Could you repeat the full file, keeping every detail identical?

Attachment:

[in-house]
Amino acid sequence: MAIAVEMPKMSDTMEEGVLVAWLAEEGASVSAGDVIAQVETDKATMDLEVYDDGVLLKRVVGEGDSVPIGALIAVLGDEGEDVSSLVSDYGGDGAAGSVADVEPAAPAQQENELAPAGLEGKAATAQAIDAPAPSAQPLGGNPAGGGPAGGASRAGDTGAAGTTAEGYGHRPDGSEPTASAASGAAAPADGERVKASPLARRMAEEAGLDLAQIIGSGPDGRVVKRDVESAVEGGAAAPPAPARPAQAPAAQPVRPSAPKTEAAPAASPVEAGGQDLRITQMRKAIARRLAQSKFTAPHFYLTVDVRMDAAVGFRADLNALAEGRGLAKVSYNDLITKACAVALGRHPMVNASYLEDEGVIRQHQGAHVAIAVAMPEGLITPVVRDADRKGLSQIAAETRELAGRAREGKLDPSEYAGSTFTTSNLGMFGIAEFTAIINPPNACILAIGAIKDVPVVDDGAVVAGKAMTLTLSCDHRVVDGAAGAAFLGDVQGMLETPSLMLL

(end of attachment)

[in-house]
Amino acid sequence: MAIAVEMPKMSDTMEEGVLVAWLAEEGASVSAGDVIAQVETDKATMDLEVYDDGVLLKRVVGEGDSVPIGALIAVLGDEGEDVSSLVSDYGGDGAAGSVADVEPAAPAQQENELAPAGLEGKAATAQAIDAPAPSAQPLGGNPAGGGPAGGASRAGDTGAAGTTAEGYGHRPDGSEPTASAASGAAAPADGERVKASPLARRMAEEAGLDLAQIIGSGPDGRVVKRDVESAVEGGAAAPPAPARPAQAPAAQPVRPSAPKTEAAPAASPVEAGGQDLRITQMRKAIARRLAQSKFTAPHFYLTVDVRMDAAVGFRADLNALAEGRGLAKVSYNDLITKACAVALGRHPMVNASYLEDEGVIRQHQGAHVAIAVAMPEGLITPVVRDADRKGLSQIAAETRELAGRAREGKLDPSEYAGSTFTTSNLGMFGIAEFTAIINPPNACILAIGAIKDVPVVDDGAVVAGKAMTLTLSCDHRVVDGAAGAAFLGDVQGMLETPSLMLL